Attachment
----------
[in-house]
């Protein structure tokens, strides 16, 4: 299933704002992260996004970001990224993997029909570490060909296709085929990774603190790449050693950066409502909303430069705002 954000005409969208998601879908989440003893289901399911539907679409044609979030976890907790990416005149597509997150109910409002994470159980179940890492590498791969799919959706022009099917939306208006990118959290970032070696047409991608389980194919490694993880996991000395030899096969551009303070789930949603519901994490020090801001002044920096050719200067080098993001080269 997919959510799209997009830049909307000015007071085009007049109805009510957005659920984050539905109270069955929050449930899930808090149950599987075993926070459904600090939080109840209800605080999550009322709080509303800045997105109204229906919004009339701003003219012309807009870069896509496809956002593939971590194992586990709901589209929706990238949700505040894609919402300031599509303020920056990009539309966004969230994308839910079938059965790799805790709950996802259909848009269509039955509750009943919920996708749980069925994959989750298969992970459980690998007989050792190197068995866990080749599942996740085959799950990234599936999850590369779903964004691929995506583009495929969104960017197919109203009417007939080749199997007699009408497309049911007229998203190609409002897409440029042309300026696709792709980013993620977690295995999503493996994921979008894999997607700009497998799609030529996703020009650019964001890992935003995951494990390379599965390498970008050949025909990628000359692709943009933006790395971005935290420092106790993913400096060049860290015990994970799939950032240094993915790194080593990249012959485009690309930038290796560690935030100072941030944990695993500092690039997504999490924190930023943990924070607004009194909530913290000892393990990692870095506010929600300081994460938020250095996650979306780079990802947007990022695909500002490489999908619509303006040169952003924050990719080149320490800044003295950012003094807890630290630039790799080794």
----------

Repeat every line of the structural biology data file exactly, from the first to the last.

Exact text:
[in-house]
């Protein structure tokens, strides 16, 4: 299933704002992260996004970001990224993997029909570490060909296709085929990774603190790449050693950066409502909303430069705002 954000005409969208998601879908989440003893289901399911539907679409044609979030976890907790990416005149597509997150109910409002994470159980179940890492590498791969799919959706022009099917939306208006990118959290970032070696047409991608389980194919490694993880996991000395030899096969551009303070789930949603519901994490020090801001002044920096050719200067080098993001080269 997919959510799209997009830049909307000015007071085009007049109805009510957005659920984050539905109270069955929050449930899930808090149950599987075993926070459904600090939080109840209800605080999550009322709080509303800045997105109204229906919004009339701003003219012309807009870069896509496809956002593939971590194992586990709901589209929706990238949700505040894609919402300031599509303020920056990009539309966004969230994308839910079938059965790799805790709950996802259909848009269509039955509750009943919920996708749980069925994959989750298969992970459980690998007989050792190197068995866990080749599942996740085959799950990234599936999850590369779903964004691929995506583009495929969104960017197919109203009417007939080749199997007699009408497309049911007229998203190609409002897409440029042309300026696709792709980013993620977690295995999503493996994921979008894999997607700009497998799609030529996703020009650019964001890992935003995951494990390379599965390498970008050949025909990628000359692709943009933006790395971005935290420092106790993913400096060049860290015990994970799939950032240094993915790194080593990249012959485009690309930038290796560690935030100072941030944990695993500092690039997504999490924190930023943990924070607004009194909530913290000892393990990692870095506010929600300081994460938020250095996650979306780079990802947007990022695909500002490489999908619509303006040169952003924050990719080149320490800044003295950012003094807890630290630039790799080794």